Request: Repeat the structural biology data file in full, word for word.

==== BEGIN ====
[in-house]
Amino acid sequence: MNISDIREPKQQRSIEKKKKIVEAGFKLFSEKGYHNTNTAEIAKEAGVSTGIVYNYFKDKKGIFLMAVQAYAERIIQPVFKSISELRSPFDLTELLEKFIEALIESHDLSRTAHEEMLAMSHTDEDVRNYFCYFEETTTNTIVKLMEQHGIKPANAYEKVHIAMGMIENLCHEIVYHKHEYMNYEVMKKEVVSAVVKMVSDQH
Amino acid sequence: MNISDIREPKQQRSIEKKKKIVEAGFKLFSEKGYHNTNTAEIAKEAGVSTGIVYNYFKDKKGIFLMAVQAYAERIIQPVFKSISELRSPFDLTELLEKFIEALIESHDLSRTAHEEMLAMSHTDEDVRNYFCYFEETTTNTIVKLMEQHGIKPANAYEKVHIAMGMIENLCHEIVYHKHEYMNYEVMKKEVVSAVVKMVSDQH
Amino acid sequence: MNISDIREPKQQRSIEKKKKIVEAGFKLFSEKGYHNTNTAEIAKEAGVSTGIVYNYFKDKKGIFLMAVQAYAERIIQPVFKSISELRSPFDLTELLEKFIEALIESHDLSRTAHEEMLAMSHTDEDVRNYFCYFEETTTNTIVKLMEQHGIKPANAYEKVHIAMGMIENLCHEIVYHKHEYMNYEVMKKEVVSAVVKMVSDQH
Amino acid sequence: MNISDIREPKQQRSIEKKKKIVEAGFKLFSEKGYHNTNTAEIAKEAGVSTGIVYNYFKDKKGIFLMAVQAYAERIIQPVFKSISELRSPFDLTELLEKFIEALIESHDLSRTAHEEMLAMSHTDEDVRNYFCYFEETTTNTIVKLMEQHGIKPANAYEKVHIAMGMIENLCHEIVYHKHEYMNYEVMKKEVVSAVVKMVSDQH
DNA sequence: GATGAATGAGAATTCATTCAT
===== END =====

[in-house]
Amino acid sequence: MNISDIREPKQQRSIEKKKKIVEAGFKLFSEKGYHNTNTAEIAKEAGVSTGIVYNYFKDKKGIFLMAVQAYAERIIQPVFKSISELRSPFDLTELLEKFIEALIESHDLSRTAHEEMLAMSHTDEDVRNYFCYFEETTTNTIVKLMEQHGIKPANAYEKVHIAMGMIENLCHEIVYHKHEYMNYEVMKKEVVSAVVKMVSDQH
Amino acid sequence: MNISDIREPKQQRSIEKKKKIVEAGFKLFSEKGYHNTNTAEIAKEAGVSTGIVYNYFKDKKGIFLMAVQAYAERIIQPVFKSISELRSPFDLTELLEKFIEALIESHDLSRTAHEEMLAMSHTDEDVRNYFCYFEETTTNTIVKLMEQHGIKPANAYEKVHIAMGMIENLCHEIVYHKHEYMNYEVMKKEVVSAVVKMVSDQH
Amino acid sequence: MNISDIREPKQQRSIEKKKKIVEAGFKLFSEKGYHNTNTAEIAKEAGVSTGIVYNYFKDKKGIFLMAVQAYAERIIQPVFKSISELRSPFDLTELLEKFIEALIESHDLSRTAHEEMLAMSHTDEDVRNYFCYFEETTTNTIVKLMEQHGIKPANAYEKVHIAMGMIENLCHEIVYHKHEYMNYEVMKKEVVSAVVKMVSDQH
Amino acid sequence: MNISDIREPKQQRSIEKKKKIVEAGFKLFSEKGYHNTNTAEIAKEAGVSTGIVYNYFKDKKGIFLMAVQAYAERIIQPVFKSISELRSPFDLTELLEKFIEALIESHDLSRTAHEEMLAMSHTDEDVRNYFCYFEETTTNTIVKLMEQHGIKPANAYEKVHIAMGMIENLCHEIVYHKHEYMNYEVMKKEVVSAVVKMVSDQH
DNA sequence: GATGAATGAGAATTCATTCAT